Paper published in Journal of Vision

Our everyday decisions about what we see are often based on ambiguous and unstable sensory input. For instance, we make about three eye movements per second, greatly shifting the visual information that meets our eyes. Yet, despite such instabilities in sensory input,...

Paper published in eLife

Statistical learning describes our ability to acquire and utilize statistical regularities in the environment. Previous research shows that statistical learning can occur in different contexts and modalities. In fact, learning may even occur without explicit awareness...

Paper published in eLife

Recent advances in brain imaging have made it possible to map brain activity in areas of tissue less than a millimeter in size. This resolution offers particular advantages for studying the brain’s outer surface, the cortex. The cortex is traditionally divided into...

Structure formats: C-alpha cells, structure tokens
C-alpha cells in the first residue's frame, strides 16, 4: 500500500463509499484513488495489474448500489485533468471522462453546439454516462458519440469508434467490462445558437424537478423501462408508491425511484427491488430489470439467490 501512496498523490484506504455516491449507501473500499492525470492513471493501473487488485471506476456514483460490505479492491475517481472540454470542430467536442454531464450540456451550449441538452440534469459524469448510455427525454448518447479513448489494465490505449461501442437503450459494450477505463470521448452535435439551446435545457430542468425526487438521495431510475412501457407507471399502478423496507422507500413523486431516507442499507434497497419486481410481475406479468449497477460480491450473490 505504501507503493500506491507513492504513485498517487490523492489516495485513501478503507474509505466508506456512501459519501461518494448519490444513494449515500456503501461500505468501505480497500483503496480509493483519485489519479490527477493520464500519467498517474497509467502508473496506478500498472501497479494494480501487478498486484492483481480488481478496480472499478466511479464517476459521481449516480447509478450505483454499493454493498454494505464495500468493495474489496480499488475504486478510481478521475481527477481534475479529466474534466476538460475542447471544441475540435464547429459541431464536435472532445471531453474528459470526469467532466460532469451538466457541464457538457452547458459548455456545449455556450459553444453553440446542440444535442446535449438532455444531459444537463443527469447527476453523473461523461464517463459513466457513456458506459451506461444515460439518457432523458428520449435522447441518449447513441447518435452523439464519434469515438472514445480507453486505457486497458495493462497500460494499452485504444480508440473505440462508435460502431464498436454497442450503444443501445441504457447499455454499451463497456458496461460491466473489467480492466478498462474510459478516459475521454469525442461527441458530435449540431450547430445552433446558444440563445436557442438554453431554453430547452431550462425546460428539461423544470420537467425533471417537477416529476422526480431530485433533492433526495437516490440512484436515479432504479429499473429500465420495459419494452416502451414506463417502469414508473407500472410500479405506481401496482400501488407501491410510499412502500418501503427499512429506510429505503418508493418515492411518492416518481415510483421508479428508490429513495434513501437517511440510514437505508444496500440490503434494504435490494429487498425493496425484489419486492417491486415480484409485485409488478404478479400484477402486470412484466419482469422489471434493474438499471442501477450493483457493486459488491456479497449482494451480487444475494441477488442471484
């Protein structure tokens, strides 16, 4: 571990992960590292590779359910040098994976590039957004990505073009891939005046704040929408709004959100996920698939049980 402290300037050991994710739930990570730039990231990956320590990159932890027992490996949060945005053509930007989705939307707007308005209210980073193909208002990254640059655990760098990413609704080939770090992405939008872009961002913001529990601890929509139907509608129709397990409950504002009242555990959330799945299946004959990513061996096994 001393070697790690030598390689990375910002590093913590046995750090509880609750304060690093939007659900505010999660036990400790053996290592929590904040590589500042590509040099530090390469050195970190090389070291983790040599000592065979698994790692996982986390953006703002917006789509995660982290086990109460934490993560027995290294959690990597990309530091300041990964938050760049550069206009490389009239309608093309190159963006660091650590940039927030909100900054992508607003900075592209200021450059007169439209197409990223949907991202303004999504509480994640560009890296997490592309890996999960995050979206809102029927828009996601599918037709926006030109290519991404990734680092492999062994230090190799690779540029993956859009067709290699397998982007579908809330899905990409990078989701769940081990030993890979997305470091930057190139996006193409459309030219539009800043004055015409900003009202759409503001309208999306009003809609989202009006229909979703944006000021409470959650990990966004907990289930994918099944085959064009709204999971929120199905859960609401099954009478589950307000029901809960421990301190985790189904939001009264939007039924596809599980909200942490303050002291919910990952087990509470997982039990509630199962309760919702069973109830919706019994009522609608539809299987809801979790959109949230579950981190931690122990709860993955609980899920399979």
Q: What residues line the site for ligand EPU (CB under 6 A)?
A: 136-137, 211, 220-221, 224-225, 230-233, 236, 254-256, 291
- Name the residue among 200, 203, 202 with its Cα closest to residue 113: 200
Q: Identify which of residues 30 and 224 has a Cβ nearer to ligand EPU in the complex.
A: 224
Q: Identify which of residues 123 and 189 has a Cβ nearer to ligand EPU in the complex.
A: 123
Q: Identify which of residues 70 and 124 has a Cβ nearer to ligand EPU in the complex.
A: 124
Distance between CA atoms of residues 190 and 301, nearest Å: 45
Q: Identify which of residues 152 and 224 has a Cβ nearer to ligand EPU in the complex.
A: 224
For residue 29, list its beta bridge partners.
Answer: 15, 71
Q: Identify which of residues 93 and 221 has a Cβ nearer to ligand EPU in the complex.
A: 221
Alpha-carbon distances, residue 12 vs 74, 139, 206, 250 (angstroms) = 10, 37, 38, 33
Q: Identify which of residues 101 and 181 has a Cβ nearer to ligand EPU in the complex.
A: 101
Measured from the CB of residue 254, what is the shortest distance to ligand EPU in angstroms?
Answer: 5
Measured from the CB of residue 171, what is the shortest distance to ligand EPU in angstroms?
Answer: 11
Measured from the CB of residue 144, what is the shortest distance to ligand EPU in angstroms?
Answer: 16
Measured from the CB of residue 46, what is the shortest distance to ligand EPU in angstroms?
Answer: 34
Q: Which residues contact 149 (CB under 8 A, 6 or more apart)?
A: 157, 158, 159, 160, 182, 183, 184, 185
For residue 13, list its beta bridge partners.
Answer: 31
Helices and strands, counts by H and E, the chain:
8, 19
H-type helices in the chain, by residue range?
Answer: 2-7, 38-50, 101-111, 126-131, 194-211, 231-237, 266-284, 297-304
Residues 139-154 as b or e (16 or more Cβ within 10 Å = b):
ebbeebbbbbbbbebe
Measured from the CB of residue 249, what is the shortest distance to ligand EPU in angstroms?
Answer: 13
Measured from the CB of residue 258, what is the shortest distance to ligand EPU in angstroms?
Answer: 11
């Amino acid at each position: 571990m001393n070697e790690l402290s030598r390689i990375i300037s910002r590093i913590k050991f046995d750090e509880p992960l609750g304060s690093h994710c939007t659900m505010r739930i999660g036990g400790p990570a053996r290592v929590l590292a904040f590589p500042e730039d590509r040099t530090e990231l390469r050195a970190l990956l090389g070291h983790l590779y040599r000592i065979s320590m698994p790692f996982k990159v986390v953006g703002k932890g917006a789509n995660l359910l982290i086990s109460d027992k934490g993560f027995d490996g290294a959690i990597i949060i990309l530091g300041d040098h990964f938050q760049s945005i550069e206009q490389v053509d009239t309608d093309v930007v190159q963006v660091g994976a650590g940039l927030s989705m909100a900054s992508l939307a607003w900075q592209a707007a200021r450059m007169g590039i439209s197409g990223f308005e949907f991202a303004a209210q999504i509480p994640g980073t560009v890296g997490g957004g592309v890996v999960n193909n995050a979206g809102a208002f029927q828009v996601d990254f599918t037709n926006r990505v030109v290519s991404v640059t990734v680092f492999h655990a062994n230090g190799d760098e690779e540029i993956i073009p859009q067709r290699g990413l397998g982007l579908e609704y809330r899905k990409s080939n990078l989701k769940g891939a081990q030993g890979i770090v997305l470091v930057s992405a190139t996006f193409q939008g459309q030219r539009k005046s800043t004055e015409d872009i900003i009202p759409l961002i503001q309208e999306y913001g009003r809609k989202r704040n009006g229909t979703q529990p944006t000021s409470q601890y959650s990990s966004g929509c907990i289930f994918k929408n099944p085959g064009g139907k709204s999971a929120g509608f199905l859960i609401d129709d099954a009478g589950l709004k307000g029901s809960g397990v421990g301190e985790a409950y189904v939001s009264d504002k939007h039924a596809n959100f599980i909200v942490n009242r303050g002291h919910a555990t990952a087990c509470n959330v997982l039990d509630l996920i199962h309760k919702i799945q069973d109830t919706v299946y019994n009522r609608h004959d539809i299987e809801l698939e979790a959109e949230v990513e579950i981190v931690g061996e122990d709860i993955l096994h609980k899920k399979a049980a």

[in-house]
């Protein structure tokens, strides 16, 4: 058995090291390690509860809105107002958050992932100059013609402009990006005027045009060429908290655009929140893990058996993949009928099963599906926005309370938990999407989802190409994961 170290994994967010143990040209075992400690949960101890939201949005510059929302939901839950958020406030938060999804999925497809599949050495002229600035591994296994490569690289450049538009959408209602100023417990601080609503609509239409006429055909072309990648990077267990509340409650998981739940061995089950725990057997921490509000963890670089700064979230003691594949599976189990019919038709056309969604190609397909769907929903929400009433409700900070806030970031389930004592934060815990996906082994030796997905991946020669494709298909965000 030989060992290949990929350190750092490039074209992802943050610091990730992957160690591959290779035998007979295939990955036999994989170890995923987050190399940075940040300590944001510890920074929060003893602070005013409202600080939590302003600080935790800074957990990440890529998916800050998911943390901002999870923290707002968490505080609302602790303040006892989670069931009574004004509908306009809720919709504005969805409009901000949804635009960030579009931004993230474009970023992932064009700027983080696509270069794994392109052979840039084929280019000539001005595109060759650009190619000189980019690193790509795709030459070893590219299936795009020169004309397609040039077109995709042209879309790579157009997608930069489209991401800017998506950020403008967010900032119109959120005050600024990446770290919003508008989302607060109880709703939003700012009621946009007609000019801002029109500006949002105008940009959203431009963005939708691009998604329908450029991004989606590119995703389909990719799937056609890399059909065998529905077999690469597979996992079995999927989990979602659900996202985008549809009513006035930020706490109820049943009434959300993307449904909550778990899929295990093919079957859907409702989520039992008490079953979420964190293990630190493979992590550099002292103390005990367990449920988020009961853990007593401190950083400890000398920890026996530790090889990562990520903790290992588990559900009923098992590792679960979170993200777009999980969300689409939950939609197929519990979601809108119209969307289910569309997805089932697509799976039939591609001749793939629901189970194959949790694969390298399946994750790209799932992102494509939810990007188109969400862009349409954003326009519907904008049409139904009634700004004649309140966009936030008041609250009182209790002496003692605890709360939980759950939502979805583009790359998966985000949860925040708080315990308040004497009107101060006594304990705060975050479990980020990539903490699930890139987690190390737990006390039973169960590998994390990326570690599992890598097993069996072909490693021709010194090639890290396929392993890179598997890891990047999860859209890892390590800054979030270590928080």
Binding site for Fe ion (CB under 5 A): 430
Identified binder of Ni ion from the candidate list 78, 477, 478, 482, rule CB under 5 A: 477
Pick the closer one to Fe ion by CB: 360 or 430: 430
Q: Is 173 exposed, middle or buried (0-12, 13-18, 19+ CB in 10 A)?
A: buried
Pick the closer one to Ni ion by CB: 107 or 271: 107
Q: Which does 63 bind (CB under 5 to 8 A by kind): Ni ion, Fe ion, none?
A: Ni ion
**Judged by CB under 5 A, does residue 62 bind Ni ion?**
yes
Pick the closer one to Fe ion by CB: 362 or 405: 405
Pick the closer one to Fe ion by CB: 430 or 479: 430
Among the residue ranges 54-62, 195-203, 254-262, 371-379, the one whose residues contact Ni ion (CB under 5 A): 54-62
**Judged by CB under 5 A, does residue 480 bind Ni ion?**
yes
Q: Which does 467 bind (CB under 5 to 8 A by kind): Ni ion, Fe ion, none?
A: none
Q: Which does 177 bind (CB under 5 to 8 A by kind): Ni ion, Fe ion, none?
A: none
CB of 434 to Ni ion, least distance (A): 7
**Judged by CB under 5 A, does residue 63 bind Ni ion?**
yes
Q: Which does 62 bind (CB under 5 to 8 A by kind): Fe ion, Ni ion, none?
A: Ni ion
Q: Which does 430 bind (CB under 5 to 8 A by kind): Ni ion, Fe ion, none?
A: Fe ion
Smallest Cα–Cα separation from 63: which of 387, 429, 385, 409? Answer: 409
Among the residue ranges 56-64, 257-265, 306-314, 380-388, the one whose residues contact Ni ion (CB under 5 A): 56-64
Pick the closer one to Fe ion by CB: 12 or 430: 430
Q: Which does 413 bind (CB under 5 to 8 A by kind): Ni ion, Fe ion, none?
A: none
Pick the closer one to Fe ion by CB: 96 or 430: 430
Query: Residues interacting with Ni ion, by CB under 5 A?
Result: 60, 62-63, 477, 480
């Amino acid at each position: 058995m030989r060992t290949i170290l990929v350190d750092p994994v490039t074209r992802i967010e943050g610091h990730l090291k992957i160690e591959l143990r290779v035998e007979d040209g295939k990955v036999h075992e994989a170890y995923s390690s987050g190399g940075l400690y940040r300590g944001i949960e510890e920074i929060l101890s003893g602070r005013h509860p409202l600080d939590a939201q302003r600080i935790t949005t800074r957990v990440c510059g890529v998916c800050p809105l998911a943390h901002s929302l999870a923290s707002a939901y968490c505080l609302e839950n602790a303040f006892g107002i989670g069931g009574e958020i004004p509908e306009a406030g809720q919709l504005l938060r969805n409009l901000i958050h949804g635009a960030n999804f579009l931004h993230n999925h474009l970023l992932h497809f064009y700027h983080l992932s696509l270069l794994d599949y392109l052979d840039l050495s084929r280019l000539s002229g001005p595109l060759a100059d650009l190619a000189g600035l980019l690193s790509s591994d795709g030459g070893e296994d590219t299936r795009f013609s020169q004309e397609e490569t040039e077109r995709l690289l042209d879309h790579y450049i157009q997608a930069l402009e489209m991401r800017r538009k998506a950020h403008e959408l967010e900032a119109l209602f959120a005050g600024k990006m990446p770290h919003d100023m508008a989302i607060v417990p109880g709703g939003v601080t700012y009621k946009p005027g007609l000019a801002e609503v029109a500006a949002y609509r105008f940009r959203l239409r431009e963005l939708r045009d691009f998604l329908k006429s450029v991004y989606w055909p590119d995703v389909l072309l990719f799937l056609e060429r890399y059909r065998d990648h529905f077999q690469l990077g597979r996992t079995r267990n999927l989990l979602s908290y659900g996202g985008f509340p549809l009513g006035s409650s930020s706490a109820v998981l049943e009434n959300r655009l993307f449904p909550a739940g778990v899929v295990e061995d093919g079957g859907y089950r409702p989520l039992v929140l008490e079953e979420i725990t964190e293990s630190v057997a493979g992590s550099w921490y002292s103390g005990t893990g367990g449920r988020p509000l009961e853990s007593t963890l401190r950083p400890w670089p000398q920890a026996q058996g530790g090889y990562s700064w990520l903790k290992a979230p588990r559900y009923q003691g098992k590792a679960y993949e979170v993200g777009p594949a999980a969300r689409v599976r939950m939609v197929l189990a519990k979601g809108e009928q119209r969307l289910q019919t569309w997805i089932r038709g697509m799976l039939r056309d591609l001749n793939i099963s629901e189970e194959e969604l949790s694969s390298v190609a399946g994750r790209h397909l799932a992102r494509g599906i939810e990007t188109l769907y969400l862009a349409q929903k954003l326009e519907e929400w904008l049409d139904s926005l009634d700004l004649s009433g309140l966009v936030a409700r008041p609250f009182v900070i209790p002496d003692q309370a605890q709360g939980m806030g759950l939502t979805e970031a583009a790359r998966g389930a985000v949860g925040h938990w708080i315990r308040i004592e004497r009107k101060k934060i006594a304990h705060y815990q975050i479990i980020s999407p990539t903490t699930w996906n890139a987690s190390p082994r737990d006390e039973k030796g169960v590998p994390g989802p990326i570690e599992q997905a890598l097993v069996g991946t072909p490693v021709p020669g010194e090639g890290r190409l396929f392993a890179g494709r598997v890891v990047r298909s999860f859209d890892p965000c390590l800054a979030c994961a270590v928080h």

Paper published in Cognition

Our perception of the world often deviates from reality and these deviations can be easily experienced with powerful visual illusions, such as the Müller-Lyer illusion above. The upper line appears to be shorter than the lower line, even though the lines have the...

Paper published in Journal of Vision

Each time we move our eyes, the image of objects in the world shifts its position on the retina, yet our perception is remarkably stable. Predictive remapping is thought to be an underlying neural mechanism to this visual stability. In our recent studies, we...

Paper published in Current Biology

When we remember or imagine a visual experience, the visual cortex is engaged to simulate visual details of the experience we are thinking about. In our recent laminar fMRI study, we examined how signals in visual cortex that occur during visual working memory are...